United Nations Industrial Development Organization


Topic A: Non-communicable Diseases in Developing Nations


As more countries industrialize and scientific progress advances, the threat of communicable diseases has been replaced with that of noncommunicable ones. Driven by forces such as rapid unplanned urbanization, increased life expectancy, and the globalization of unhealthy lifestyles, NCD's disproportionally affect low income households and exist as a direct threat to development, impeding poverty reduction and ultimately leading to a stagnation in progress toward Sustainable Development Goals.

When discussing noncommunicable diseases in developing nations, delegates will need to identify the socioeconomic and behavioral risk factors which contribute to NCD's, and create measures to mitigate and prevent these. Delegates will also need to consider the costs associated with noncommunicable diseases, and determine how to improve healthcare to better accommodate this trend.



Topic B: Response to HIV/AIDS

While sporadic reports of HIV/AIDs were reported in the 1970s, statistical information regarding the disease before then is unavailable, although it is widely suspected that the disease first transferred from chimpanzees to humans in the early 1920s. The first noticeable AIDs epidemic occurred in 1980, when peculiar disease patterns among homosexual men were recorded in southern California. Researchers soon designated the disease with the name “acquired immunodeficiency syndrome”, and by 1983, scientists discovered the disease had spread to heterosexual humans as well. In 1984, the specific cause of AIDs was discovered, the retrovirus HTLV-III. Since then, about 78 million people have been infected by the disease, and about 39 million people have died.[1] Due to a lack of information regarding the subject, a lack of resources to prevent people in developing nations from contraction, and cultural and societal norms which shame HIV patients and prevent them from seeking help, developing nations currently suffer the most losses from the disease. Currently, about 36.9 million people suffer from HIV/AIDs, and the large majority of these people reside in low and middle income countries. About 2.6 million children suffer from the disease, having obtained it through HIV positive mothers during breastfeeding or childbirth.​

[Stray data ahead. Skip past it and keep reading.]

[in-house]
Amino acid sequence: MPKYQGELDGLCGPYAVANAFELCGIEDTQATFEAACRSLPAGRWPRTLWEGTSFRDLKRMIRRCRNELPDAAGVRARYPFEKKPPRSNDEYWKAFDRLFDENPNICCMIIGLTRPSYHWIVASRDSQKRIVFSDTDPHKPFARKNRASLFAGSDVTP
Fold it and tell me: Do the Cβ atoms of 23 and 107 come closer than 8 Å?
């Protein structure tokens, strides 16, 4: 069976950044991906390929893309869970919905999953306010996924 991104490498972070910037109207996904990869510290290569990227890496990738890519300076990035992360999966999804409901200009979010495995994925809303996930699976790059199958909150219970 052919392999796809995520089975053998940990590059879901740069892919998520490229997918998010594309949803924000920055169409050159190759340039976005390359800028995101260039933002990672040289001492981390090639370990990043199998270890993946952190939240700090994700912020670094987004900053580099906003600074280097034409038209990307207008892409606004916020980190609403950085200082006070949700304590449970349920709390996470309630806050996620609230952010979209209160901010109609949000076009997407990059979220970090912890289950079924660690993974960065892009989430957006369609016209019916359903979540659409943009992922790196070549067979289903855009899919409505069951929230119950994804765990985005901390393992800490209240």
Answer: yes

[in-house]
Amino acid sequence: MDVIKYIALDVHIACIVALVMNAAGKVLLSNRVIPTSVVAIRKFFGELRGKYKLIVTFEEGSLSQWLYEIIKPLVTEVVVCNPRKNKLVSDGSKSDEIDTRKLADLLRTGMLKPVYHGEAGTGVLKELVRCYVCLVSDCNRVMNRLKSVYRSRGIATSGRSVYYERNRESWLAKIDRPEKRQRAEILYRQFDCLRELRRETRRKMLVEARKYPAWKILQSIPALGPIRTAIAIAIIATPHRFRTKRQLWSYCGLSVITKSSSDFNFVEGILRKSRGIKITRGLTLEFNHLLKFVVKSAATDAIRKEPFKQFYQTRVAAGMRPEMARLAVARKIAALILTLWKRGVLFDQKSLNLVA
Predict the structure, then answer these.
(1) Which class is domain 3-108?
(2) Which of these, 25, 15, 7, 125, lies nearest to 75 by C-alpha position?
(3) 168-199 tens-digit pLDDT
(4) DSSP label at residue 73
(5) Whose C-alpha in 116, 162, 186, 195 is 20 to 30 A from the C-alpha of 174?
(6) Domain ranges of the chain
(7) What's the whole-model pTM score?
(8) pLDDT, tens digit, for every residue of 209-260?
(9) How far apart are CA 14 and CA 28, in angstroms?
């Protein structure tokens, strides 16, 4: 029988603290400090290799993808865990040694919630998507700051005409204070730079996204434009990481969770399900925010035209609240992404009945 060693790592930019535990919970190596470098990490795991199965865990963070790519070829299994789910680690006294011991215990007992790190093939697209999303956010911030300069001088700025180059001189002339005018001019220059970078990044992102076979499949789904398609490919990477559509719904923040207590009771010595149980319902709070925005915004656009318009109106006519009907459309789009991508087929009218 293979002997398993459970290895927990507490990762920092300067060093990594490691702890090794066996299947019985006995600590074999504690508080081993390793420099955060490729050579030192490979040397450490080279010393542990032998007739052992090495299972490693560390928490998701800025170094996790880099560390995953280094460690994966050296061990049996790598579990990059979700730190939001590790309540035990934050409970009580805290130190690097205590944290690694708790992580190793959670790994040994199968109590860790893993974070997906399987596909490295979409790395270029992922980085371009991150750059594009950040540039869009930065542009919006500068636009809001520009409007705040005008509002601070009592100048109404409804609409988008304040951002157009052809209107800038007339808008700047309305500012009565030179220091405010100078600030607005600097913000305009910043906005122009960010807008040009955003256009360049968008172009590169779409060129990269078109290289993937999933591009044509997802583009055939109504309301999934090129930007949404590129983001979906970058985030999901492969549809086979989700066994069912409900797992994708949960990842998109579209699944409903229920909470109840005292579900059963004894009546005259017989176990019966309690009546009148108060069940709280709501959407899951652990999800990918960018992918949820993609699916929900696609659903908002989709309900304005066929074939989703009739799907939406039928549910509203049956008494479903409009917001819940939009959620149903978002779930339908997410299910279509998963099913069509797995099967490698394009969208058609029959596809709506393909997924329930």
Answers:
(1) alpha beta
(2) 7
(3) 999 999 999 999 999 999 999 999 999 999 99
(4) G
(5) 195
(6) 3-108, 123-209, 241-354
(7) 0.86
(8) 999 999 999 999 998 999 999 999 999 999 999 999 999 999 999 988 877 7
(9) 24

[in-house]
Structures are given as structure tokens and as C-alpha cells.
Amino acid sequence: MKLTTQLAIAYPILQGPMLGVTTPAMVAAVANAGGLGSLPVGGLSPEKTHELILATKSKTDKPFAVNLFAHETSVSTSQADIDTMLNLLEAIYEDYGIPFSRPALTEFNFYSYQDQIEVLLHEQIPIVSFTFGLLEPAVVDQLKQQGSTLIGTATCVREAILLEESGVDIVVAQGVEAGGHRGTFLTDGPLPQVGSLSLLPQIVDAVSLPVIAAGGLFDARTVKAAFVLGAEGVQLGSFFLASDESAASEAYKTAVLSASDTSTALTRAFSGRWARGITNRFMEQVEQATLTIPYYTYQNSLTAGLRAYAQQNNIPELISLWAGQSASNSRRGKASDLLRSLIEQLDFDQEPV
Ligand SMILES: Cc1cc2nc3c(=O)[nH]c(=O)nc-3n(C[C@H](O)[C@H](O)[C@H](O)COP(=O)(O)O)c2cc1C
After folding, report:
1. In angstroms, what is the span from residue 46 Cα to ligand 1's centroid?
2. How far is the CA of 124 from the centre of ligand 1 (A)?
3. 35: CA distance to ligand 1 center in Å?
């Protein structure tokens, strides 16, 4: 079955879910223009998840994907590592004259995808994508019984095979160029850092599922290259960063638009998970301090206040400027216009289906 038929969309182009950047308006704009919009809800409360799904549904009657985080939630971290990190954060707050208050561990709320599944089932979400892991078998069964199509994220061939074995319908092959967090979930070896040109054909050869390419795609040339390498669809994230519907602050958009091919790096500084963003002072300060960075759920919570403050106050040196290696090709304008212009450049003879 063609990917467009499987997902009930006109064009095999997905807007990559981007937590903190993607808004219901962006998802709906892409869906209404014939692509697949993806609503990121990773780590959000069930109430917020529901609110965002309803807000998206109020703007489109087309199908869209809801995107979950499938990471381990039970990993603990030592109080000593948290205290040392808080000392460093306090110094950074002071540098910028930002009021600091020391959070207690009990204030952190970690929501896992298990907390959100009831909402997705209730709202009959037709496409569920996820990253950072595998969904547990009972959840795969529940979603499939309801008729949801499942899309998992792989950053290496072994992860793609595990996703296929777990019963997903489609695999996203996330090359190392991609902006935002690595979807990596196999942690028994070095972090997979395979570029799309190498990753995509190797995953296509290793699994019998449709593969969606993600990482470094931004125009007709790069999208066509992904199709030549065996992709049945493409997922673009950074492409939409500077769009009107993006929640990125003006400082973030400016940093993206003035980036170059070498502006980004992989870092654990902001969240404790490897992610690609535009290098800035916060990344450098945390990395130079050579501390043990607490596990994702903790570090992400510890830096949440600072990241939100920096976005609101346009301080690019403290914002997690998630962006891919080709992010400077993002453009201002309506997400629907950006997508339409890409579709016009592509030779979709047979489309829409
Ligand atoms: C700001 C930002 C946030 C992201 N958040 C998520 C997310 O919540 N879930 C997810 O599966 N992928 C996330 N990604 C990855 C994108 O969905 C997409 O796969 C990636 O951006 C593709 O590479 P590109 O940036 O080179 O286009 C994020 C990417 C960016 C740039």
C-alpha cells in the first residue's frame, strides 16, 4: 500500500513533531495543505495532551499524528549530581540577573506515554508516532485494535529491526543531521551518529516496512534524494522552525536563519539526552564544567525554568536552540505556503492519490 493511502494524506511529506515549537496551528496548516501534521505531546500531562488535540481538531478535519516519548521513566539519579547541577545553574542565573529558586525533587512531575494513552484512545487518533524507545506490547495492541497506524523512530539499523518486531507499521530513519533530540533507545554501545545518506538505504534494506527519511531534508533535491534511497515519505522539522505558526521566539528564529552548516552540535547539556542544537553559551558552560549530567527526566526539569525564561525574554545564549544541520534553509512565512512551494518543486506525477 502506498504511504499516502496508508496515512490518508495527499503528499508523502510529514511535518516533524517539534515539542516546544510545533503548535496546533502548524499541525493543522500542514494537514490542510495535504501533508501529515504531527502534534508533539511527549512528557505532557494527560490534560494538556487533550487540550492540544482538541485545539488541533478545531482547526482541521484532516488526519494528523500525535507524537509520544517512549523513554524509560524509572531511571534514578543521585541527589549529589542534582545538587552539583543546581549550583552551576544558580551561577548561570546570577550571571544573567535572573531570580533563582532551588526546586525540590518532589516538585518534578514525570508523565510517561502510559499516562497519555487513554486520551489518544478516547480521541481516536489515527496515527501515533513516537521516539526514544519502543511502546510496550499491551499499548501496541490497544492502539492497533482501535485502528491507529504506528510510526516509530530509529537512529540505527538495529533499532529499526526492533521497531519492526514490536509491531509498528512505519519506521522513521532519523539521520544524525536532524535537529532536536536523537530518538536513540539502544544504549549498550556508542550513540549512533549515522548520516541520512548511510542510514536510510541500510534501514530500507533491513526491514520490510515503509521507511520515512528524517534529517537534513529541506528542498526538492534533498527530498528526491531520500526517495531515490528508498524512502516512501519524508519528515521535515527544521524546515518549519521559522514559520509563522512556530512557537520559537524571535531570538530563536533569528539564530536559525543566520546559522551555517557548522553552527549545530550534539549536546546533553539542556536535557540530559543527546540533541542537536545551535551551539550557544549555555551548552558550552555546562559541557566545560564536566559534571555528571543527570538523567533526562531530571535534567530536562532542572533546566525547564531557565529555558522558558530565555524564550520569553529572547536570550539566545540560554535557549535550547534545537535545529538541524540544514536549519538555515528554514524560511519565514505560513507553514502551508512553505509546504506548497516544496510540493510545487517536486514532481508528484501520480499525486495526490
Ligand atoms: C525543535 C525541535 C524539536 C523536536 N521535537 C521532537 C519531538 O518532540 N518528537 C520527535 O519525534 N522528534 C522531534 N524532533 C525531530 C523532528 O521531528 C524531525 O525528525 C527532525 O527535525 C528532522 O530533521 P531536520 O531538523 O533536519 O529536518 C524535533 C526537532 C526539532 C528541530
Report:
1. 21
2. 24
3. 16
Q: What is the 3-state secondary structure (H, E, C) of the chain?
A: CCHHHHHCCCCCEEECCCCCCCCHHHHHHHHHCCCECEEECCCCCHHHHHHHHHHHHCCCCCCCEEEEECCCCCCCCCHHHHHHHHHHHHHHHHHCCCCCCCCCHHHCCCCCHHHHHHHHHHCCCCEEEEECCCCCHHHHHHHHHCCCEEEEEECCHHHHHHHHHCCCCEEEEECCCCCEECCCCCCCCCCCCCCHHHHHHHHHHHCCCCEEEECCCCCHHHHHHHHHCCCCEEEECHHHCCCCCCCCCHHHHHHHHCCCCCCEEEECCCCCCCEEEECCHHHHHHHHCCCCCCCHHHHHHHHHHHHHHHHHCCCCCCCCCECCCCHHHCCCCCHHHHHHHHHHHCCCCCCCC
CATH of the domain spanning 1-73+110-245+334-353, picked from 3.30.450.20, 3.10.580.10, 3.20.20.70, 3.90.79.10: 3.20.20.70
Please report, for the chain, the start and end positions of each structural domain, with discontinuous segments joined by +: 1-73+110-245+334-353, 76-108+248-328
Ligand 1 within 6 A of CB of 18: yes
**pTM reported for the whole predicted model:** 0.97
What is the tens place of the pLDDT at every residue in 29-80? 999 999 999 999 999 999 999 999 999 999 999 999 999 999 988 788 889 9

Letter from your Chair


Welcome delegates, 

I am a freshman studying Economics, Political Science, and Public Health at the U, and am from Miami originally. Along with Model United Nations, I also participate in Student Government and am a part of the Miami Hurricane. In my spare time, I enjoy playing viola, taking photos, and binge watching shows on Netflix. This is my first time chairing a college run MUN committee- I look forward to meeting you all, and am very excited to see what ideas you have for committee.


All the best,​


Alisha Kabir

Chair, UNIDO